Under one such oak, I came across a little coupling of spring and fall, the contrast beautiful. A patch of crocuses nestled against a large black rock and above it, almost protectively, dipped the branch of curled brown oak leaves.IMG_1423

Spring was in the park, though at this time of year it seems to be close to the ground. There were bunches of green-speared daffodil leaves along the paths, and even a few daffodils in bloom.

I found a group of Lenten roses and some snowdrops, though like the daffodils, their blooms hung down, as if against the cold.

The sound of birdsong added to the sense of spring, as tiny birds flitted and chirped among bare branches. The forsythia bushes showed yellow, just waiting for a few warm days before bursting into fuller bloom. And that delicate first green appeared on several bushes.

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The most spring-like thing I came across was a little sunlit patch of bright purple flowers that from a distance I thought were crocuses.

But up close, I found that they were something like miniature irises, almost forming a ground cover.

Summer?  A bit of a stretch to find, but it too was there. summer cartsThe tourists were out, so the crowds alone made it feel like summer. At the Children’s Zoo, a few food carts for ice cream and popcorn were parked, just waiting for milder weather before opening up for business.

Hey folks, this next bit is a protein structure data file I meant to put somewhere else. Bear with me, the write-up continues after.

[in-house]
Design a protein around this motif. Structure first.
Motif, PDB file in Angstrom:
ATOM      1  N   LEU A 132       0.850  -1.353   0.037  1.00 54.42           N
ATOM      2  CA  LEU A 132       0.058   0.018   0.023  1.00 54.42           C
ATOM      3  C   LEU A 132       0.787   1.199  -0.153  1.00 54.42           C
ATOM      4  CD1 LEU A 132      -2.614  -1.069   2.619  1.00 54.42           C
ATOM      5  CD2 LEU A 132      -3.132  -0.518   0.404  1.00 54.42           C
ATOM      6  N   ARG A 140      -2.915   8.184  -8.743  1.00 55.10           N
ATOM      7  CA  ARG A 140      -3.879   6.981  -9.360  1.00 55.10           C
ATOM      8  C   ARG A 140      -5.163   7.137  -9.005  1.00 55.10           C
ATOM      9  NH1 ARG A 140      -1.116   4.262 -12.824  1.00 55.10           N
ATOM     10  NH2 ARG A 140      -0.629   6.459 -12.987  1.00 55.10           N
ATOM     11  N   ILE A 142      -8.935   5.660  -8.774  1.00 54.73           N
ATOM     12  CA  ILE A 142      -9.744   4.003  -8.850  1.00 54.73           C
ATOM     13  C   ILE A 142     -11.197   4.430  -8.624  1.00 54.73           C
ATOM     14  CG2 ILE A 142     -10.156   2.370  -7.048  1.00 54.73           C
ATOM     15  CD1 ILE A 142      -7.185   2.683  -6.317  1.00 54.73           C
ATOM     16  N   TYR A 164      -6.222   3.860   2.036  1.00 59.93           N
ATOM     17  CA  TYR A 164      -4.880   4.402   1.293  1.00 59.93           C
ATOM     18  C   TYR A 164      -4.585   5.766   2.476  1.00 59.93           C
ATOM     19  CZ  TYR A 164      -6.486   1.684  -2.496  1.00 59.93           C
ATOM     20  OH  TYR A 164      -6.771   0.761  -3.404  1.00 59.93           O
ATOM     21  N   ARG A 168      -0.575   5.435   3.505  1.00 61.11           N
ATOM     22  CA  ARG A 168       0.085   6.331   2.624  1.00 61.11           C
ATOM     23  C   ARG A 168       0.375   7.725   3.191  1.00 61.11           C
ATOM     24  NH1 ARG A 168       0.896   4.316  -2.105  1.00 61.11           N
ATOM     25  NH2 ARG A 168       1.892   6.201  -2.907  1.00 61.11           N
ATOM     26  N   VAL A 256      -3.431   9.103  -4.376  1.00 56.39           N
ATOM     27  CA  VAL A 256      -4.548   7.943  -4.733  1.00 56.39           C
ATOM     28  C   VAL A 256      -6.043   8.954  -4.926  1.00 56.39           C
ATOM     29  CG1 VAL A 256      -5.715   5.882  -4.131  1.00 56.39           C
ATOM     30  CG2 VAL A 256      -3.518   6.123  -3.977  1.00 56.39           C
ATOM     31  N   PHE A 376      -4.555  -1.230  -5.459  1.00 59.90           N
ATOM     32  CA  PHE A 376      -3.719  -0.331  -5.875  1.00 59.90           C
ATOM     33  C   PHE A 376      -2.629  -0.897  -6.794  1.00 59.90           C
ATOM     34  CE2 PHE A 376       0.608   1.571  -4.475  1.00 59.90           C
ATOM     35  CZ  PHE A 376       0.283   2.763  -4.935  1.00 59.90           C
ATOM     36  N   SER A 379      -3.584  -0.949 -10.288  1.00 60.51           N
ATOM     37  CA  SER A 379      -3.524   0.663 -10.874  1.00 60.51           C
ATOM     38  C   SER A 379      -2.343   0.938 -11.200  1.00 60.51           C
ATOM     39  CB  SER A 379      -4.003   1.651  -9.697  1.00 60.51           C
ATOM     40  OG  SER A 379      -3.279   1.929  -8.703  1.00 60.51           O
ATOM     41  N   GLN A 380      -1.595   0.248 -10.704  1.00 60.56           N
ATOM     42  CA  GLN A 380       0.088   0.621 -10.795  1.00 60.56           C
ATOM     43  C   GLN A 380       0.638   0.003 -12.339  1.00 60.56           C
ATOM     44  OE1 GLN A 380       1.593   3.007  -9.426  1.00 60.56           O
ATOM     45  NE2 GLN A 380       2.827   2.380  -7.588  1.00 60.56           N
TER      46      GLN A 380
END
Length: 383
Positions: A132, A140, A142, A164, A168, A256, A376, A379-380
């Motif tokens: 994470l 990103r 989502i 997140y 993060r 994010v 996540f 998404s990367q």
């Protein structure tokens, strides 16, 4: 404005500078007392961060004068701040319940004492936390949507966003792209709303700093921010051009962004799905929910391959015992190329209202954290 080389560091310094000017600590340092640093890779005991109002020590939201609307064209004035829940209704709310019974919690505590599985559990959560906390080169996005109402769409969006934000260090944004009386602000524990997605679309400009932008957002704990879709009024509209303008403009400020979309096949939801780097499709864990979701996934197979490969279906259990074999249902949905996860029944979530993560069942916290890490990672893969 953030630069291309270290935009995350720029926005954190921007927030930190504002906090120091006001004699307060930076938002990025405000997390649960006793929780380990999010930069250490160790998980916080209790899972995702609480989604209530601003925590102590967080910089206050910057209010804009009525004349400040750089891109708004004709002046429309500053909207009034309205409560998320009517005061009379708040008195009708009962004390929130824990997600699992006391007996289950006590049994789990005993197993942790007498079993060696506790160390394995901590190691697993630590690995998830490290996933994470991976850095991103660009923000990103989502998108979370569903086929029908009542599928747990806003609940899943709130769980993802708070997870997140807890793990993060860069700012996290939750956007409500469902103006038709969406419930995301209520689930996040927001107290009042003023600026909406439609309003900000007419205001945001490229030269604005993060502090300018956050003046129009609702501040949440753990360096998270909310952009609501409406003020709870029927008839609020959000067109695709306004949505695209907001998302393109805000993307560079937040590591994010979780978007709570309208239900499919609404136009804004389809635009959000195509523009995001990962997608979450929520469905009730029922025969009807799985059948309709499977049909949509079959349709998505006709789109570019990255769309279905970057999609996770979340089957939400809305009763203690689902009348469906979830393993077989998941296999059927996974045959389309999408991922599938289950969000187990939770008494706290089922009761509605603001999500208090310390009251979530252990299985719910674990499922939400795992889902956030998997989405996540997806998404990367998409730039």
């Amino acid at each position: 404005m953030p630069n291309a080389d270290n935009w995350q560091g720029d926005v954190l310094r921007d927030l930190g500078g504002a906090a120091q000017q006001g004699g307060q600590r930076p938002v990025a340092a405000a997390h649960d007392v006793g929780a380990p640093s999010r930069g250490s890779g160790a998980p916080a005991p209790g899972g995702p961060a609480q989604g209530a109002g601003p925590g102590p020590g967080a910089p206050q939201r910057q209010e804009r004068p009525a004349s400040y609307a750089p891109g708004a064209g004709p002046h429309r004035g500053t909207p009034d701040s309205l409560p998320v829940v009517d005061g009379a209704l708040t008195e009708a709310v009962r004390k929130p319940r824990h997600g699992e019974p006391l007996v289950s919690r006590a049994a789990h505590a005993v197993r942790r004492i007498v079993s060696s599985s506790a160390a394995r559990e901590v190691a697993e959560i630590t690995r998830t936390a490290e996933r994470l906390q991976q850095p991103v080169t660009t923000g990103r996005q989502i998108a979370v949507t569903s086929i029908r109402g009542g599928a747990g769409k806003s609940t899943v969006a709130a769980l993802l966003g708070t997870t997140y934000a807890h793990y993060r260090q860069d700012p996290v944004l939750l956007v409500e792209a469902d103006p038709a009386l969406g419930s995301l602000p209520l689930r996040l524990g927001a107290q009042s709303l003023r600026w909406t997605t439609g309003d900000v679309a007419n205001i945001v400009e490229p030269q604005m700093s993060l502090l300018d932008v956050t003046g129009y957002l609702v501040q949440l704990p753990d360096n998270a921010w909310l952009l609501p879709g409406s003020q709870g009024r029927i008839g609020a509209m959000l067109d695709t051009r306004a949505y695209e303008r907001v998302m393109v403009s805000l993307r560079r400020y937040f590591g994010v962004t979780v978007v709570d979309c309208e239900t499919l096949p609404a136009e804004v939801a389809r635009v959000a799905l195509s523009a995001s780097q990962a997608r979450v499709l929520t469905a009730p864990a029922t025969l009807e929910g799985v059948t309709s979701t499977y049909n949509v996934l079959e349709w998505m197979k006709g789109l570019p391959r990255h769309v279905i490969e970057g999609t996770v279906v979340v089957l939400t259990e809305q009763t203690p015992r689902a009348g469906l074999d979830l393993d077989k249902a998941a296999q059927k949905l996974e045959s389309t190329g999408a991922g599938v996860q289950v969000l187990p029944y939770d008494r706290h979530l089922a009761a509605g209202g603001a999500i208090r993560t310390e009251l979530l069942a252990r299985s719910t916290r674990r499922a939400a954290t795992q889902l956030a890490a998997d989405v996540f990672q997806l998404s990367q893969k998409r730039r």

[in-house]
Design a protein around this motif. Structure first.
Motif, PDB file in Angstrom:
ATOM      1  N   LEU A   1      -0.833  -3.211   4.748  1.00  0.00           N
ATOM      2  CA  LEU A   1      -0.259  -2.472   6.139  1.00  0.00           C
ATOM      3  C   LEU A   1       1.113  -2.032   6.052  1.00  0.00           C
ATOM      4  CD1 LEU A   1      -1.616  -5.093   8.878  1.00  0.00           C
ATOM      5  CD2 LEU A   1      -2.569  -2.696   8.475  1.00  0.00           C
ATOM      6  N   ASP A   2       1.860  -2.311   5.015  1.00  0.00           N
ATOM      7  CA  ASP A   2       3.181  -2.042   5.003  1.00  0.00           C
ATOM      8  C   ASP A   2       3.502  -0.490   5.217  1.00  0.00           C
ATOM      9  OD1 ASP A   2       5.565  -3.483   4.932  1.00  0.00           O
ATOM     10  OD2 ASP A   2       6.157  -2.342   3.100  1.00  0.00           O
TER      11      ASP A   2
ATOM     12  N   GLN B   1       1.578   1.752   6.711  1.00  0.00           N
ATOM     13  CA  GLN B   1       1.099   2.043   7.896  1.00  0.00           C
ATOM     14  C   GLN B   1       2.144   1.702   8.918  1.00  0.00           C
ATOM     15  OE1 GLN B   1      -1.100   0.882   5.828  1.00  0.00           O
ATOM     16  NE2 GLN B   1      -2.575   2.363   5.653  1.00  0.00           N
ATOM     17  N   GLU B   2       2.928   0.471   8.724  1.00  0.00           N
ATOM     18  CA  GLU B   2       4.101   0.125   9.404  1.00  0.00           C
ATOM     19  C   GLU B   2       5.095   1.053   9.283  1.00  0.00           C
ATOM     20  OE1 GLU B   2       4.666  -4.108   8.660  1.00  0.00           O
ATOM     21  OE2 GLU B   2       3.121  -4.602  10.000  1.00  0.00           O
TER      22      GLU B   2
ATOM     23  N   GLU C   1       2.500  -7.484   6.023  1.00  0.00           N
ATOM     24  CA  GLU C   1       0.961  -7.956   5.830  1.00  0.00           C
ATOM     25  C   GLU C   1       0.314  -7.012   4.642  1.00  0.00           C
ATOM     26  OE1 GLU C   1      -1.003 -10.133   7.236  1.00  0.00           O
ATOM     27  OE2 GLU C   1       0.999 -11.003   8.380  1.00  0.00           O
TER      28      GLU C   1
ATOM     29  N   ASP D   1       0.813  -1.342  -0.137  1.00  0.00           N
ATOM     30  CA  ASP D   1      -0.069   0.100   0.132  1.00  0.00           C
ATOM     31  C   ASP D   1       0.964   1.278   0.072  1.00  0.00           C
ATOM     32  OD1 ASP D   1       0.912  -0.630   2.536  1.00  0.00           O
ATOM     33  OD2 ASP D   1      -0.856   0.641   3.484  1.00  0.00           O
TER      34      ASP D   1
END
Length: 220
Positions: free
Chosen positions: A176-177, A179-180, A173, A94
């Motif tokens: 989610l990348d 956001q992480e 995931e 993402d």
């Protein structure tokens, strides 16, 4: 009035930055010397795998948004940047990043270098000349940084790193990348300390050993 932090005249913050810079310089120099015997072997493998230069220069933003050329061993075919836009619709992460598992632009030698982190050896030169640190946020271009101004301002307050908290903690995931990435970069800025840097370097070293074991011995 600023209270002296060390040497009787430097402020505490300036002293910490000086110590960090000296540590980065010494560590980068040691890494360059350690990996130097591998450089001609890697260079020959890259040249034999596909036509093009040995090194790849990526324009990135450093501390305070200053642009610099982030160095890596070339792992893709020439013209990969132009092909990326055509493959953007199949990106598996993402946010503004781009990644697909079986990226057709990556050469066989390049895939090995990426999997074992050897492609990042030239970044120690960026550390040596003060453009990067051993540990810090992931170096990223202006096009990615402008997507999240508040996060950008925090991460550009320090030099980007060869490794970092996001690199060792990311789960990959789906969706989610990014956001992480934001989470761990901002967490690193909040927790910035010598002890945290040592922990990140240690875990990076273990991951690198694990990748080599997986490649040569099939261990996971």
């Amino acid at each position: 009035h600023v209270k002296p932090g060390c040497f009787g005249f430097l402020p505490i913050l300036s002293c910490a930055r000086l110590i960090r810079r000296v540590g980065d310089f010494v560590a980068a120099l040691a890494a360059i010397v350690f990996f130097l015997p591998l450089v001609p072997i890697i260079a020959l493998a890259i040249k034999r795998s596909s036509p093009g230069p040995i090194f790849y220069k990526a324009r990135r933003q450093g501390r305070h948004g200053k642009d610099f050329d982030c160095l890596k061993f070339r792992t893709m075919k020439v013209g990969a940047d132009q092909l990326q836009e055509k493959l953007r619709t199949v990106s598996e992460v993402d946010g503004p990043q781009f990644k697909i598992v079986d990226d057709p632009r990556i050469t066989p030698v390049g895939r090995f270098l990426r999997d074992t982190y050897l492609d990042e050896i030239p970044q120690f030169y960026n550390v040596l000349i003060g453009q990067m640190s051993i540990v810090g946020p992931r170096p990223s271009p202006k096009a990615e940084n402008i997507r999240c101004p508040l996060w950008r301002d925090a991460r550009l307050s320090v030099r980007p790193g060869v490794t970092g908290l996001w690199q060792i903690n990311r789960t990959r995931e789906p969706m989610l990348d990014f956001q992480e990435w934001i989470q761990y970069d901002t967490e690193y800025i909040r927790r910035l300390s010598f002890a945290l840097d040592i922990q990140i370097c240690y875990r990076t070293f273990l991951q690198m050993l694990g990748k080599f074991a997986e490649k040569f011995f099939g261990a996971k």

And at one of the baseball fields, a group of young men were practicing their fielding. One man stood at home plate, hitting balls out to different positions. The sound of the ball against his metal bat was a real summer sound – a deep rhythmic ping, ping ringing in the air.

But the sky was shifting once again from blue to gray, and the clouds were now growing heavier. Rain was predicted for tomorrow. The temperature seemed to have dropped. Would we have snow? Spring was hiding its head and taking cover once again. I pulled up the hood of my jacket.

I passed the statue of the Falconer as I made my way out of the park. There he was, reaching up to a gray winter sky, undaunted by the cold. I tried to imagine him against the color and mildness of spring, and for the moment, I couldn’t. Falconer

Perhaps I am impatient. It’s just that I know what’s up ahead – Central Park in the spring is magnificent. But there is also something tender to be found in this subtle shifting of the seasons. It’s as if relationships are there among the dried leaves and green shoots, a protective urging forward, alongside a slow goodbye.

So I will slow down and appreciate this understated, changeable time of year. A time when we could have blossoms or snowflakes, and all the seasons are present. A remarkable time of year.